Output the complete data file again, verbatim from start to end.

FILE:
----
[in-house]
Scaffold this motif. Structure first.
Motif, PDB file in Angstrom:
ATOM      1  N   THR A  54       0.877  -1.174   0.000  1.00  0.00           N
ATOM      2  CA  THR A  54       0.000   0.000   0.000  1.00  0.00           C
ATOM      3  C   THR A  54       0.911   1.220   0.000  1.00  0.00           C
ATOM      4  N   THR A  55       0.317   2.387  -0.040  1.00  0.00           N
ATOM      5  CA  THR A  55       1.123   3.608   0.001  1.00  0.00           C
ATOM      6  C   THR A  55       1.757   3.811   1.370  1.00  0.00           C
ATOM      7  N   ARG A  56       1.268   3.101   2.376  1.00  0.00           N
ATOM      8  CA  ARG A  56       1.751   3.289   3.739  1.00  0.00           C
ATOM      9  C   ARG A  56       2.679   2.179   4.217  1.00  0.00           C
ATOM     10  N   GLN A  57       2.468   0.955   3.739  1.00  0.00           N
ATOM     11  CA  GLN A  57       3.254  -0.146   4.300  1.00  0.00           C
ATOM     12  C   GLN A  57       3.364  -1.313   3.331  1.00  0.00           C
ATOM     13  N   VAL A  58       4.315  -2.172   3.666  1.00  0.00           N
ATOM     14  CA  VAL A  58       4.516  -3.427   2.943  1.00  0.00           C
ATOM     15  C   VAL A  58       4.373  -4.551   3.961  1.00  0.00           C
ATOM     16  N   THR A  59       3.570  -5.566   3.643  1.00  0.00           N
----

[in-house]
Scaffold this motif. Structure first.
Motif, PDB file in Angstrom:
ATOM      1  N   THR A  54       0.877  -1.174   0.000  1.00  0.00           N
ATOM      2  CA  THR A  54       0.000   0.000   0.000  1.00  0.00           C
ATOM      3  C   THR A  54       0.911   1.220   0.000  1.00  0.00           C
ATOM      4  N   THR A  55       0.317   2.387  -0.040  1.00  0.00           N
ATOM      5  CA  THR A  55       1.123   3.608   0.001  1.00  0.00           C
ATOM      6  C   THR A  55       1.757   3.811   1.370  1.00  0.00           C
ATOM      7  N   ARG A  56       1.268   3.101   2.376  1.00  0.00           N
ATOM      8  CA  ARG A  56       1.751   3.289   3.739  1.00  0.00           C
ATOM      9  C   ARG A  56       2.679   2.179   4.217  1.00  0.00           C
ATOM     10  N   GLN A  57       2.468   0.955   3.739  1.00  0.00           N
ATOM     11  CA  GLN A  57       3.254  -0.146   4.300  1.00  0.00           C
ATOM     12  C   GLN A  57       3.364  -1.313   3.331  1.00  0.00           C
ATOM     13  N   VAL A  58       4.315  -2.172   3.666  1.00  0.00           N
ATOM     14  CA  VAL A  58       4.516  -3.427   2.943  1.00  0.00           C
ATOM     15  C   VAL A  58       4.373  -4.551   3.961  1.00  0.00           C
ATOM     16  N   THR A  59       3.570  -5.566   3.643  1.00  0.00           N